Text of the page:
1967. The world is alive with change: brimming with reawakened energy, new styles, music and an infectious sense of hope. In Jordan, a different kind of change is underway as tens of ... See full summary »
In the wake of Israel's 2006 bombardment of Lebanon, a determined woman finds her way into the country convincing a taxi cab driver to take a risky journey around the scarred region in search of her sister and her son.
Nada Abou Farhat,
About a Palestinian girl of 17 who wants to get married to the man of her own choosing. Rana wakes up one morning to an ultimatum delivered by her father: she must either choose a husband ... See full summary »
In Majdal Shams, the largest Druze village in Golan Heights on the Israeli-Syrian border, the Druze bride Mona is engaged to get married with Tallel, a television comedian that works in the... See full summary »
In April, 1975, civil war breaks out; Beirut is partitioned along a Moslem-Christian line. Tarek is in high school, making Super 8 movies with his friend, Omar. At first the war is a lark: ... See full summary »
Soraya, born in Brooklyn in a working class community of Palestinian refugees, discovers that her grandfather's savings were frozen in a bank account in Jaffa when he was exiled in 1948. Direct, stubborn, and determined to reclaim what is hers, she fulfills her life-long dream of "returning" to Palestine. Slowly she is taken apart by the reality around her and is forced to confront her own anger. She meets Emad, a young Palestinian whose ambition, contrary to hers, is to leave forever. Tired of the constraints that dictate their lives, they know in order to be free, they must take things into their own hands, even if it's illegal Written by
Palestine's 2009 Academy Awards official submission to Foreign-Language Film category. See more »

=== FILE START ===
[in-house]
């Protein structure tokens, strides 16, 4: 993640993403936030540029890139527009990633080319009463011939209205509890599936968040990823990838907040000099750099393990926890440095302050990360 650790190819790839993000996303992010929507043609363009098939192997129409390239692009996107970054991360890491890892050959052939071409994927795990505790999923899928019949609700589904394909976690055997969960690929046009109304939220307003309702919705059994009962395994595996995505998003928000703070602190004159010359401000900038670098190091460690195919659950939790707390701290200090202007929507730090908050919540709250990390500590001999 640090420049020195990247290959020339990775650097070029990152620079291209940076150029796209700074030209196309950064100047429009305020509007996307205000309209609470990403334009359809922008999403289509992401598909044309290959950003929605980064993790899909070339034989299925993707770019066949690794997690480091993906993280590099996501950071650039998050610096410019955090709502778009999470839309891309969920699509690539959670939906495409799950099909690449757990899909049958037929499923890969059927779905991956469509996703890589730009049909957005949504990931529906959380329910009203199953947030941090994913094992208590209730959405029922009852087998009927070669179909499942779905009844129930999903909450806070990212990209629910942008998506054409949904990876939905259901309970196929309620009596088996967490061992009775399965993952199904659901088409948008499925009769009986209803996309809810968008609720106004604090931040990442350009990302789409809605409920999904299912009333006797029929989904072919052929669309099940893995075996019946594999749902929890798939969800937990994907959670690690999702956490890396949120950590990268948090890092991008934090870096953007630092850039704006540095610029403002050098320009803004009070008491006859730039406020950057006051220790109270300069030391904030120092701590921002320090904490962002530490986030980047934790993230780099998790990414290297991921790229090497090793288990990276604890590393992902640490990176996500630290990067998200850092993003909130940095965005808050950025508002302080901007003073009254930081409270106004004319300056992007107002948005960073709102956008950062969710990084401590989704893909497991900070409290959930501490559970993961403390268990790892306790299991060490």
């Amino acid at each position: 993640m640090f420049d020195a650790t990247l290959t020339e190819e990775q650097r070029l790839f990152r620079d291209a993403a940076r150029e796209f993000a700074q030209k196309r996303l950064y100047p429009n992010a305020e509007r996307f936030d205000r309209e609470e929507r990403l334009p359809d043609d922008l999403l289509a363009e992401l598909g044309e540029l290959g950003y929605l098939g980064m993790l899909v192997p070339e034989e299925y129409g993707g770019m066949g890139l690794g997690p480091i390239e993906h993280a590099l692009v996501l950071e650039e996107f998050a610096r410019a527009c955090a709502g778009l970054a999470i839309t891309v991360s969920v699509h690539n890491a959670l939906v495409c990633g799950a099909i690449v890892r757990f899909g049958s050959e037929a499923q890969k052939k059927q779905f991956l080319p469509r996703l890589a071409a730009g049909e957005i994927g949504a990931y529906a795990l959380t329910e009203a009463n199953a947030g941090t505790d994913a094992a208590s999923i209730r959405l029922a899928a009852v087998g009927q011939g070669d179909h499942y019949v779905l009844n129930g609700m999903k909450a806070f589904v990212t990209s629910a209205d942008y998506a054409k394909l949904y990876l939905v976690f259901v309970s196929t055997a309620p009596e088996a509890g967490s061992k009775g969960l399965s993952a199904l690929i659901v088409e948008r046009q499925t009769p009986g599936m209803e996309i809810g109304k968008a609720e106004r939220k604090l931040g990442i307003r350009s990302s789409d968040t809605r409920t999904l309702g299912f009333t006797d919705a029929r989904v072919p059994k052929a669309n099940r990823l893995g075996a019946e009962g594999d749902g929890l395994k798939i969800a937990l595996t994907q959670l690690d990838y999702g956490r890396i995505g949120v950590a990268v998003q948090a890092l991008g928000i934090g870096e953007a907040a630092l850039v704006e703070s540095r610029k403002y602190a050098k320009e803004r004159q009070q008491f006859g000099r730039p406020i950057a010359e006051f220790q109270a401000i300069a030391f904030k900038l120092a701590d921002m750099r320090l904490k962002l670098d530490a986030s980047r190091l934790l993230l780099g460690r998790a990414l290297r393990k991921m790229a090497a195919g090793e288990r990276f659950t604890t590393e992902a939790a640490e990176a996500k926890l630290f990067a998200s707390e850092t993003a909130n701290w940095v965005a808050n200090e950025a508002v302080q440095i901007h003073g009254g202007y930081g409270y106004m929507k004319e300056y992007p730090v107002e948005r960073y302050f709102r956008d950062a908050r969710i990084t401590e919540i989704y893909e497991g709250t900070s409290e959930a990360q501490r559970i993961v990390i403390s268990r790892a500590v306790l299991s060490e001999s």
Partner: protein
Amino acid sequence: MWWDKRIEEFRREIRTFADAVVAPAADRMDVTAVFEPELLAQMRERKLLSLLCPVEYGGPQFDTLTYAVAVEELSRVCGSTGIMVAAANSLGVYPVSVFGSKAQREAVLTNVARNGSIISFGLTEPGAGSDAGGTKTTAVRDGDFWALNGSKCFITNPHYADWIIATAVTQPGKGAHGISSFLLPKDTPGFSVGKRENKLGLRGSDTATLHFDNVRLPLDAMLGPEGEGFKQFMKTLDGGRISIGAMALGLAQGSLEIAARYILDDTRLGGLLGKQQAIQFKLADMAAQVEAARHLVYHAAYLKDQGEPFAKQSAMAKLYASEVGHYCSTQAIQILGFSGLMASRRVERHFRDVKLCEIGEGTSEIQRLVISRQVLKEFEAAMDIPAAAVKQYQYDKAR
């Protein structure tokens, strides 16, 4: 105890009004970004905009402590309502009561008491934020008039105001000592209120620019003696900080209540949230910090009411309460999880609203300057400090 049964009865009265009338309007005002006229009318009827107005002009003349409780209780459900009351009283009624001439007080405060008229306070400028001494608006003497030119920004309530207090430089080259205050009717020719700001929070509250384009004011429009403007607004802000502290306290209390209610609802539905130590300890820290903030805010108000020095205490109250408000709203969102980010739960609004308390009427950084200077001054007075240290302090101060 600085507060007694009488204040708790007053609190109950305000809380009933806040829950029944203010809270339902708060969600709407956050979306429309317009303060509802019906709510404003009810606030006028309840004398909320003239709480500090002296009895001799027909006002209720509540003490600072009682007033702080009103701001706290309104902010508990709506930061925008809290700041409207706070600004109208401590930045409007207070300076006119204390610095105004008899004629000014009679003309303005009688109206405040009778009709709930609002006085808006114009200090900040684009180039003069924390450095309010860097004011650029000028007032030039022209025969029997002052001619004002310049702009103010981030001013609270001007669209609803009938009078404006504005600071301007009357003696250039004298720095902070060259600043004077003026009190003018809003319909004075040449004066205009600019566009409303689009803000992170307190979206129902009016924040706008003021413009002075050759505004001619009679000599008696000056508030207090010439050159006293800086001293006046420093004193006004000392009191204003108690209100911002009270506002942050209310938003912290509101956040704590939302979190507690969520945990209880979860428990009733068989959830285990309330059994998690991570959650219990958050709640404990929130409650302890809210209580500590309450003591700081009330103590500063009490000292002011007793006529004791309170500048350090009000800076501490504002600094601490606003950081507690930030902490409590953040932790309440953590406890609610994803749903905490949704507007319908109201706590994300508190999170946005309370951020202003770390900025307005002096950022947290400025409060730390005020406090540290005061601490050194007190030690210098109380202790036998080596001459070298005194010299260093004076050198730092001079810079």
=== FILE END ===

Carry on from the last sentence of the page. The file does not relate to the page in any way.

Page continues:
Composed by Marcel Khalife / (p) Nagam Records
Reinterpreted by Tamer Nafar, Suheil Nafar, Mahmud Greiri (DAM)
Kayvon Sarfejooy (DJ K-Salaam) & Nick Phillips (Beatnick)
Concept & Under the direction of Annemarie Jacir & Kamran Rastegar See more »
Cinema, in my eyes, is an art. The best pieces of art in almost any medium are subjective pieces of work they allow you to understand what the artist's feelings, emotion, messages etc. are. However when inducing politics into art one should be very objective. It is impossible to set out a rational film on a political issue if the movie is made in a subjective manner. 'Salt of this Sea' is one such movie where a strive has been made to critique a very delicate situation in Isreal/Palestine, however it is done in such a narrow scope, and at times, disgustingly sentimental way. The mere fact that in the movie, the main character feels such a strong connection with a place she has never been before, is almost laughable, as is the demonising of almost all Isreali characters throughout the film. There can be no doubt that some of the plot and events in the film have merit, but there is an overwhelming bias toward one side of a very complex and challenging issue, that it does no justice to history of the story it is trying to tell.
12 of 55 people found this review helpful.
Was this review helpful to you?